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Abrasive Wear Assessment of X70 Steel and Polyurethane Coupons on a Modified Dry/Sand Rubber Wheel Apparatus Open Access


Other title
Slurry erosion assessment
Modified dry sand rubber wheel test
ASTM G65 test
Pipeline applications
Abrasive wear
X-70 steel
Type of item
Degree grantor
University of Alberta
Author or creator
Jaimes,Victor H
Supervisor and department
Lipsett, Michael (Mechanical Engineering)
Wolodko, John (Alberta Innovates Tecnology Futures)
Examining committee member and department
Wolodko, John (Alberta Innovates Tecnology Futures)
Lipsett, Michael (Mechanical Engineering)
Dennison, Christopher (Mechanical Engineering)
Department of Mechanical Engineering
Engineering Management
Date accepted
Graduation date
Master of Science
Degree level
An experimental study was conducted to assess the scratching abrasion in dry and wet environments on X-70 steel and five different types of titanium carbide particulate polyurethane composites (PU). A testing apparatus was constructed based on the dry sand rubber wheel test method standardized by the American Society of Testing and Materials (ASTM). The major focus of attention was given to wet abrasion testing of these materials with either a rubber wheel or a steel wheel. The influence in wear behavior of PU due to their moisture content and steel wheel roughness was also addressed. In addition, wet abrasion experiments under low dissolved oxygen conditions were conducted on X-70 steel to isolate erosion effects under wet conditions. Wear mechanisms in the materials under study were assessed through scanning electron microscopy analysis. In general, wear mechanisms such as cracking, pluck-out and indentations were observed with more or less severity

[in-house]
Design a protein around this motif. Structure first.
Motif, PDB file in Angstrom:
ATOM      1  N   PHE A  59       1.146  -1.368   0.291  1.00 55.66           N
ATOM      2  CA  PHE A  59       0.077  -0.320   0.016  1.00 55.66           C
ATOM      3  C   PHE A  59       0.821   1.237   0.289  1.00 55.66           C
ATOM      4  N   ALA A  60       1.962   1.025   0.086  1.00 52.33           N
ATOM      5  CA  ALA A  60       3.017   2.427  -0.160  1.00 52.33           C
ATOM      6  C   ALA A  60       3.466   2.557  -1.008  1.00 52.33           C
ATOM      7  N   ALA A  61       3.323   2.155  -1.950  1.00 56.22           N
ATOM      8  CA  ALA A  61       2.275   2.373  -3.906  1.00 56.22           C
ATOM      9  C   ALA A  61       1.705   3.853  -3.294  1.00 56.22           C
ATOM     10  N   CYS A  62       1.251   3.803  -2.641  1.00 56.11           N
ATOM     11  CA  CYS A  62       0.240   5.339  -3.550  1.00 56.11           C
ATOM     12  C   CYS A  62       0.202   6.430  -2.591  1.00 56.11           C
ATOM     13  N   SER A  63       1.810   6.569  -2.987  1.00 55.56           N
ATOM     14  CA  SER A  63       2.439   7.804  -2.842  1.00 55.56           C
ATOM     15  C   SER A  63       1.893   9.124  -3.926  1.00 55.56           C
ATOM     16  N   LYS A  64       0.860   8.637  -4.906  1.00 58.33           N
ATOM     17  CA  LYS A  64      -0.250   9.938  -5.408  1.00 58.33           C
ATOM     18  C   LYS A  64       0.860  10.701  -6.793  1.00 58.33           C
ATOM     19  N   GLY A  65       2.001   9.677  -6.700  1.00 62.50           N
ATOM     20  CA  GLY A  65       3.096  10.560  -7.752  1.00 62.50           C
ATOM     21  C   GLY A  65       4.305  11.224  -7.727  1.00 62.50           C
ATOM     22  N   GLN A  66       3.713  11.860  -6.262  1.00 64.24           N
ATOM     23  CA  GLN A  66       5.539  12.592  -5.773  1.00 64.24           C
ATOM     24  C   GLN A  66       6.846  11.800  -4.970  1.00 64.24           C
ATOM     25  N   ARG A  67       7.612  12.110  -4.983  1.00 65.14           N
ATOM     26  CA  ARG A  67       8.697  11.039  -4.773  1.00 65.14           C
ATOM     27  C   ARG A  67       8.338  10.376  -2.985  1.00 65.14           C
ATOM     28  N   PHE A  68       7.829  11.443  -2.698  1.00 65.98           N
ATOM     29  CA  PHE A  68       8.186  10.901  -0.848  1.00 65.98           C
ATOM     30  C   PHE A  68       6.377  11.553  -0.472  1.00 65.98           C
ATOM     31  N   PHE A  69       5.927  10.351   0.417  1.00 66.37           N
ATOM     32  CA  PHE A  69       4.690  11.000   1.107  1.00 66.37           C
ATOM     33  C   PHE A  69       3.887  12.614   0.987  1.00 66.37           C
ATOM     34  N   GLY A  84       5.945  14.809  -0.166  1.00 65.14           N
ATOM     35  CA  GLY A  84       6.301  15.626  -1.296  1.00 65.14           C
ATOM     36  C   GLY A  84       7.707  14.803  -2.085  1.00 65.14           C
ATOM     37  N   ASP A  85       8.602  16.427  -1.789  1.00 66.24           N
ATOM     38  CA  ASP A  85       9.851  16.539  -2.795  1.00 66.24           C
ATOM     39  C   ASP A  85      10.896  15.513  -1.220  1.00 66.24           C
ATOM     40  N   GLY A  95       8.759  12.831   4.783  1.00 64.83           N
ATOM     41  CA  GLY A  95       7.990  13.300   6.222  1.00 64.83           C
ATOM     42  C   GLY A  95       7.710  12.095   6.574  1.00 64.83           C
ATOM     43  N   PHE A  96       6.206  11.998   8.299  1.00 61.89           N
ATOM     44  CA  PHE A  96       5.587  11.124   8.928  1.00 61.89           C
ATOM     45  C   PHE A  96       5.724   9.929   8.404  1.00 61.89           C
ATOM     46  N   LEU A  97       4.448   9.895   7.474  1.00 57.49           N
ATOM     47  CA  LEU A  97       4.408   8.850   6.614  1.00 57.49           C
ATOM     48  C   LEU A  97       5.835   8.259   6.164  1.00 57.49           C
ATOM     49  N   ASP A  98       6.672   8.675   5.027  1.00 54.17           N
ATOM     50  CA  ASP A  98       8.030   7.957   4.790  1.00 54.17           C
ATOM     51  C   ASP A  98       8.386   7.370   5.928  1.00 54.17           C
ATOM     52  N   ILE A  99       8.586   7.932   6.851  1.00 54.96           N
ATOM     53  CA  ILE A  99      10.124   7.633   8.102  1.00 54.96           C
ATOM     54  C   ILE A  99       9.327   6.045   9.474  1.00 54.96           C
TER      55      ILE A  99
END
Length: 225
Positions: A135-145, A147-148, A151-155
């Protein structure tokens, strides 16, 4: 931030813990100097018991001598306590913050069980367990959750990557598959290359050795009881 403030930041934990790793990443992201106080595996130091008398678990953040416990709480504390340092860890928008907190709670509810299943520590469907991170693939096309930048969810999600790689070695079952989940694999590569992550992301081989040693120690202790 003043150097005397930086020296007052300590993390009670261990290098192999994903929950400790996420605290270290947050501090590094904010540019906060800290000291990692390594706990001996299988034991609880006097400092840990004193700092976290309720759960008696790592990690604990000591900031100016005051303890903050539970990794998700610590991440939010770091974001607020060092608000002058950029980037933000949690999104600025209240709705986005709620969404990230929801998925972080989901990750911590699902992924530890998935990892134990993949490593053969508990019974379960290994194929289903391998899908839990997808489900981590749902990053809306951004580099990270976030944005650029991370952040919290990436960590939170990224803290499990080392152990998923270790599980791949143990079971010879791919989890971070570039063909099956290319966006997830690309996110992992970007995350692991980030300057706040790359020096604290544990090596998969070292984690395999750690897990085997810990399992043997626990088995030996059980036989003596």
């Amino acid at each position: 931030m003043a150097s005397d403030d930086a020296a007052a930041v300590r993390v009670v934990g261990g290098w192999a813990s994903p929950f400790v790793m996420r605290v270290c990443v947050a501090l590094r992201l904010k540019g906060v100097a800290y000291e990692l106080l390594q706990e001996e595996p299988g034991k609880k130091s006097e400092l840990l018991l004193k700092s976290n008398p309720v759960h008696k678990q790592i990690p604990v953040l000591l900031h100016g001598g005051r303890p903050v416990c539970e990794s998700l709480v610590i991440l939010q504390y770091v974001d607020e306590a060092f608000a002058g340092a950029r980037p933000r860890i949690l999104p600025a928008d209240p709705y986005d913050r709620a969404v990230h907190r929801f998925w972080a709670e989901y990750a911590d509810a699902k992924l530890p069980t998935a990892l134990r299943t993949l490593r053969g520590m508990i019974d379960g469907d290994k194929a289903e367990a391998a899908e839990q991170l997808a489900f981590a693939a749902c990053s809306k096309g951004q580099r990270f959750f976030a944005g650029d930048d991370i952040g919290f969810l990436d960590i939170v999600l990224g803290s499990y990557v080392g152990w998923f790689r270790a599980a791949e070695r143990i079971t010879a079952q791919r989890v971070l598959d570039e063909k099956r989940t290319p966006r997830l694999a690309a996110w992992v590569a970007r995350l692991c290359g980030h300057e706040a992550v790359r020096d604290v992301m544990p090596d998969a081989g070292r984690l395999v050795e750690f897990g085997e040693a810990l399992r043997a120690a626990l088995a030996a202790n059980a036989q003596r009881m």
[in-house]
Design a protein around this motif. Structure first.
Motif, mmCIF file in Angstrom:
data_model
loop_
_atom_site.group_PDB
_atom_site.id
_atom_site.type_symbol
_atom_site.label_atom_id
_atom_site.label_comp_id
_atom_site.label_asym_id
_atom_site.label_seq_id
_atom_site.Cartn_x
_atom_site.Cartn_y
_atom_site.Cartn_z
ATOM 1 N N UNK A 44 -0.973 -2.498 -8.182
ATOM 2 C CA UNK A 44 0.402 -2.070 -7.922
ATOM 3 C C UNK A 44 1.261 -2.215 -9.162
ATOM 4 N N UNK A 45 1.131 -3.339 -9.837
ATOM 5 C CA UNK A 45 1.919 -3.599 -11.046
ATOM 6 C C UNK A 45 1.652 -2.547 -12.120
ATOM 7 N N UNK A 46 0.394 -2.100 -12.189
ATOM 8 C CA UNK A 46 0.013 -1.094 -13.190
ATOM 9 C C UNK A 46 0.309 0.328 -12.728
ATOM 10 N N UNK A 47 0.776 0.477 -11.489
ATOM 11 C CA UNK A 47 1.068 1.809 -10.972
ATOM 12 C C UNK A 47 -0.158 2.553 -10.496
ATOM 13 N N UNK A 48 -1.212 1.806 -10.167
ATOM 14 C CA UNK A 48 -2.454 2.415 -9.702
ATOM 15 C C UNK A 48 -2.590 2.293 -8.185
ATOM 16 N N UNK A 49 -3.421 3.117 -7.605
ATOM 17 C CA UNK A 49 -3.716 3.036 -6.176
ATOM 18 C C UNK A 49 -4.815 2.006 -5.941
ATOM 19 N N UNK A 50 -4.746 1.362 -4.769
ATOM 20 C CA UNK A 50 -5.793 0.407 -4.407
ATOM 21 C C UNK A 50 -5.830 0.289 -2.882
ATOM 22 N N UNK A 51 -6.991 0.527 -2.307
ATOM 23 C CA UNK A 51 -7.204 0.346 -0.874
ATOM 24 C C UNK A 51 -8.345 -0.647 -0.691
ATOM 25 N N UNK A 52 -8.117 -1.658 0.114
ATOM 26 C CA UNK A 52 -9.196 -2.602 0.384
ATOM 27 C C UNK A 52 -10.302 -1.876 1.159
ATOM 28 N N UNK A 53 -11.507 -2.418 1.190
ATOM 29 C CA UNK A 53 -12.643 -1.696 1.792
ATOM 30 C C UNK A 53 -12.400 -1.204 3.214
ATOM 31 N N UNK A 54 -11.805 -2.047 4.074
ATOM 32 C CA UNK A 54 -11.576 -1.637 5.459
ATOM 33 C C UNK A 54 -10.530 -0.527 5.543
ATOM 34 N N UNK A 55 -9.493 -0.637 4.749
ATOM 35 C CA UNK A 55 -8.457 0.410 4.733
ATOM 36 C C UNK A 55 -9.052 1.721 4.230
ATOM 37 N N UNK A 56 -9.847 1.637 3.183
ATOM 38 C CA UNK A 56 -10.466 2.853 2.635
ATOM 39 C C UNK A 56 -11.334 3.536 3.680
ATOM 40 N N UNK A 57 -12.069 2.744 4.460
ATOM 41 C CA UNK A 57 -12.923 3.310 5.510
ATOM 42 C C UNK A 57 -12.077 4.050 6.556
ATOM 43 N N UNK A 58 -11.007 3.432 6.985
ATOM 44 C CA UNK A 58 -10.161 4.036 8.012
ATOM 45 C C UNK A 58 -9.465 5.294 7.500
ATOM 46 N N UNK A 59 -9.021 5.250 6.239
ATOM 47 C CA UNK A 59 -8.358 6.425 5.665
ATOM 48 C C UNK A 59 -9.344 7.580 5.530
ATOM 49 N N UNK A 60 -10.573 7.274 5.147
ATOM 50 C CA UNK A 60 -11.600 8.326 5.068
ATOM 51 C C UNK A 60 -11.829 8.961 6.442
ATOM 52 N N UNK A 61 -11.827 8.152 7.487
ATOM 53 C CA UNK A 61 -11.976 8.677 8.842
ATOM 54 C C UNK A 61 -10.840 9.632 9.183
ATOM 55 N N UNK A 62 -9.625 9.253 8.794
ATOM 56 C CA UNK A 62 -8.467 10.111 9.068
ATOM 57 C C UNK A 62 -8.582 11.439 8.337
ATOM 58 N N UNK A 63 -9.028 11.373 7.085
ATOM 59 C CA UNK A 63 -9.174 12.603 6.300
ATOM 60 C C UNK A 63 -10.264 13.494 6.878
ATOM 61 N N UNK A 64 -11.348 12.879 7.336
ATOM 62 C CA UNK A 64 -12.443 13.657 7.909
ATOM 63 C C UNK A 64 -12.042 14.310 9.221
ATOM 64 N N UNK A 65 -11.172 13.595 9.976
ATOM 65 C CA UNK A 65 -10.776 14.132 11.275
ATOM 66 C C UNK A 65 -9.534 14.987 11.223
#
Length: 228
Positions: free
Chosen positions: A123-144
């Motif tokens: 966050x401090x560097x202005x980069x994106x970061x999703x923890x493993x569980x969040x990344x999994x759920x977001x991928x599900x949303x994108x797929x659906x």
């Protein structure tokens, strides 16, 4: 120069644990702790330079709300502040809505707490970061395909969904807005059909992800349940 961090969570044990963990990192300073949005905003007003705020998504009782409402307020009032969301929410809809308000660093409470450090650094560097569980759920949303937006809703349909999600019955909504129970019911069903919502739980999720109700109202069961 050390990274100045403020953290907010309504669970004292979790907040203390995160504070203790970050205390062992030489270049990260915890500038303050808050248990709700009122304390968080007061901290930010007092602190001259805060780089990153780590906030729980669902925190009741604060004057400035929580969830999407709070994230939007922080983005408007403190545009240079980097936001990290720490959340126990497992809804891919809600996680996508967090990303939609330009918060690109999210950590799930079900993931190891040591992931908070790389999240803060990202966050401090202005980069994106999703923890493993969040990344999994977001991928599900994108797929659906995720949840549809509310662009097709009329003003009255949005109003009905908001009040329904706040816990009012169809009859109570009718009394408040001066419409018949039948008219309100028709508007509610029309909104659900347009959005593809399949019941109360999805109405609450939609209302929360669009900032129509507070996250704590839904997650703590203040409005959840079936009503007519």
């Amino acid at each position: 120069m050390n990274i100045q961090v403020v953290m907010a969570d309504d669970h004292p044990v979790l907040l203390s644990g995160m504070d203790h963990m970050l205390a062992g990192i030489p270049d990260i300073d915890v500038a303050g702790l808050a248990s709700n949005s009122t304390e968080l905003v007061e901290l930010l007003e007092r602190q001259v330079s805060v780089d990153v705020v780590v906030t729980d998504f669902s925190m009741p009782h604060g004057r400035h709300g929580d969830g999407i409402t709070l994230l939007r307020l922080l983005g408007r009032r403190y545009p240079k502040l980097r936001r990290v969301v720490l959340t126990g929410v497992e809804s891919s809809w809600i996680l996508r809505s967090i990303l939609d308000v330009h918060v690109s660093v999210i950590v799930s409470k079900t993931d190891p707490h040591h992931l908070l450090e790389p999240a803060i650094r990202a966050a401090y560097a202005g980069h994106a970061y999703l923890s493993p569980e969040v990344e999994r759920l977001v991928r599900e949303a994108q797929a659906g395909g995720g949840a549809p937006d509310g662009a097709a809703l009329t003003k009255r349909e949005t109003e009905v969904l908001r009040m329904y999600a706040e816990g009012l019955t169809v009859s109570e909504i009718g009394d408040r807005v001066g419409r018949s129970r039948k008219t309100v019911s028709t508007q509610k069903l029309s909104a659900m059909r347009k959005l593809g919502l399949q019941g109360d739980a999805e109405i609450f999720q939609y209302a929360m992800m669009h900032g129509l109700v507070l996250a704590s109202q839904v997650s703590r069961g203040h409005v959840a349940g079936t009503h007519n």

Permission is hereby granted to the University of Alberta Libraries to reproduce single copies of this thesis and to lend or sell such copies for private, scholarly or scientific research purposes only. Where the thesis is converted to, or otherwise made available in digital form, the University of Alberta will advise potential users of the thesis of these terms. The author reserves all other publication and other rights in association with the copyright in the thesis and, except as herein before provided, neither the thesis nor any substantial portion thereof may be printed or otherwise reproduced in any material form whatsoever without the author's prior written permission.
Citation for previous publication
El Sayed, S., and Lipsett, M.G. (2009). Parametric modelling of wear in a slurry pipeline with bed flow. Department of Mechanical Engineering, University of Alberta.El Sayed, S. MSc thesis, University of Alberta. Measuring Wall Forces in a Slurry Pipeline. Fall 2010.

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